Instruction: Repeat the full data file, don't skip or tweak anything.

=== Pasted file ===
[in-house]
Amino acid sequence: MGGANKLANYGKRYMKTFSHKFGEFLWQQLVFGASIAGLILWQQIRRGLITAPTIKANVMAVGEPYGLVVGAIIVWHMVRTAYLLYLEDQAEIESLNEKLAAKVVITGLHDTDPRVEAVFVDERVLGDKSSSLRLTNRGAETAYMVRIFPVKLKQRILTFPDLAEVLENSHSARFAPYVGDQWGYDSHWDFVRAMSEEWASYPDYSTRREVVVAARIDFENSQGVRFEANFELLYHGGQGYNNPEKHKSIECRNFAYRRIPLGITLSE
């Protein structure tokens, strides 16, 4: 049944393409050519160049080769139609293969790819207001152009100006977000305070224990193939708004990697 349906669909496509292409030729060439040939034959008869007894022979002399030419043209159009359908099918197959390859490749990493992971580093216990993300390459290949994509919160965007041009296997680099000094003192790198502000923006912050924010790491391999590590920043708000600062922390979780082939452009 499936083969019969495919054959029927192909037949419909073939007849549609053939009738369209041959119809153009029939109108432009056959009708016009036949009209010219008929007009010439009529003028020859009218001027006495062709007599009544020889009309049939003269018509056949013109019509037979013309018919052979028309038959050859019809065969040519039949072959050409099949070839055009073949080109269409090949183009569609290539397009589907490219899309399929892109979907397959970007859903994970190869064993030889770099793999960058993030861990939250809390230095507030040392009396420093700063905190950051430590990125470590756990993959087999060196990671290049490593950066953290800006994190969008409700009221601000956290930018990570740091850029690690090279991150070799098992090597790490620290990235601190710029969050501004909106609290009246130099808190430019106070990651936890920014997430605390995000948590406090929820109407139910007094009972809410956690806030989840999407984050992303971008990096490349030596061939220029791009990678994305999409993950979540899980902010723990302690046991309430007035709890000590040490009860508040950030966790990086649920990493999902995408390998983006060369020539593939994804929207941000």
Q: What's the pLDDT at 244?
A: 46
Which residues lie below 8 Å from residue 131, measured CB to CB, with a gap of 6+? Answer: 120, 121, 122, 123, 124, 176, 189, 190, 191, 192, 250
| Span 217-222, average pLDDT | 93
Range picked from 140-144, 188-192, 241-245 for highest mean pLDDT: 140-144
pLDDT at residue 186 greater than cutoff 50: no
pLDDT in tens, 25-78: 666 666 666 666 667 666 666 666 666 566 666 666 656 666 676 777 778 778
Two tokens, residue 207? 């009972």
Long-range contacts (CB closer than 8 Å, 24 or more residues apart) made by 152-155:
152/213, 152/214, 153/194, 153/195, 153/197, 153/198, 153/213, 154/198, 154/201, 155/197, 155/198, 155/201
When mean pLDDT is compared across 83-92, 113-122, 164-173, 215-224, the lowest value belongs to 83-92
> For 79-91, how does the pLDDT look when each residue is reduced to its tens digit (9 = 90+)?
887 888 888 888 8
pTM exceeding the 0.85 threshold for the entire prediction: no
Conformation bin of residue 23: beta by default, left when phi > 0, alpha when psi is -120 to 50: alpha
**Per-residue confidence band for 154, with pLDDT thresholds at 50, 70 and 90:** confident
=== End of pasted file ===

[in-house]
Amino acid sequence: MGGANKLANYGKRYMKTFSHKFGEFLWQQLVFGASIAGLILWQQIRRGLITAPTIKANVMAVGEPYGLVVGAIIVWHMVRTAYLLYLEDQAEIESLNEKLAAKVVITGLHDTDPRVEAVFVDERVLGDKSSSLRLTNRGAETAYMVRIFPVKLKQRILTFPDLAEVLENSHSARFAPYVGDQWGYDSHWDFVRAMSEEWASYPDYSTRREVVVAARIDFENSQGVRFEANFELLYHGGQGYNNPEKHKSIECRNFAYRRIPLGITLSE
């Protein structure tokens, strides 16, 4: 049944393409050519160049080769139609293969790819207001152009100006977000305070224990193939708004990697 349906669909496509292409030729060439040939034959008869007894022979002399030419043209159009359908099918197959390859490749990493992971580093216990993300390459290949994509919160965007041009296997680099000094003192790198502000923006912050924010790491391999590590920043708000600062922390979780082939452009 499936083969019969495919054959029927192909037949419909073939007849549609053939009738369209041959119809153009029939109108432009056959009708016009036949009209010219008929007009010439009529003028020859009218001027006495062709007599009544020889009309049939003269018509056949013109019509037979013309018919052979028309038959050859019809065969040519039949072959050409099949070839055009073949080109269409090949183009569609290539397009589907490219899309399929892109979907397959970007859903994970190869064993030889770099793999960058993030861990939250809390230095507030040392009396420093700063905190950051430590990125470590756990993959087999060196990671290049490593950066953290800006994190969008409700009221601000956290930018990570740091850029690690090279991150070799098992090597790490620290990235601190710029969050501004909106609290009246130099808190430019106070990651936890920014997430605390995000948590406090929820109407139910007094009972809410956690806030989840999407984050992303971008990096490349030596061939220029791009990678994305999409993950979540899980902010723990302690046991309430007035709890000590040490009860508040950030966790990086649920990493999902995408390998983006060369020539593939994804929207941000």
Q: What's the pLDDT at 244?
A: 46
Which residues lie below 8 Å from residue 131, measured CB to CB, with a gap of 6+? Answer: 120, 121, 122, 123, 124, 176, 189, 190, 191, 192, 250
| Span 217-222, average pLDDT | 93
Range picked from 140-144, 188-192, 241-245 for highest mean pLDDT: 140-144
pLDDT at residue 186 greater than cutoff 50: no
pLDDT in tens, 25-78: 666 666 666 666 667 666 666 666 666 566 666 666 656 666 676 777 778 778
Two tokens, residue 207? 């009972």
Long-range contacts (CB closer than 8 Å, 24 or more residues apart) made by 152-155:
152/213, 152/214, 153/194, 153/195, 153/197, 153/198, 153/213, 154/198, 154/201, 155/197, 155/198, 155/201
When mean pLDDT is compared across 83-92, 113-122, 164-173, 215-224, the lowest value belongs to 83-92
> For 79-91, how does the pLDDT look when each residue is reduced to its tens digit (9 = 90+)?
887 888 888 888 8
pTM exceeding the 0.85 threshold for the entire prediction: no
Conformation bin of residue 23: beta by default, left when phi > 0, alpha when psi is -120 to 50: alpha
**Per-residue confidence band for 154, with pLDDT thresholds at 50, 70 and 90:** confident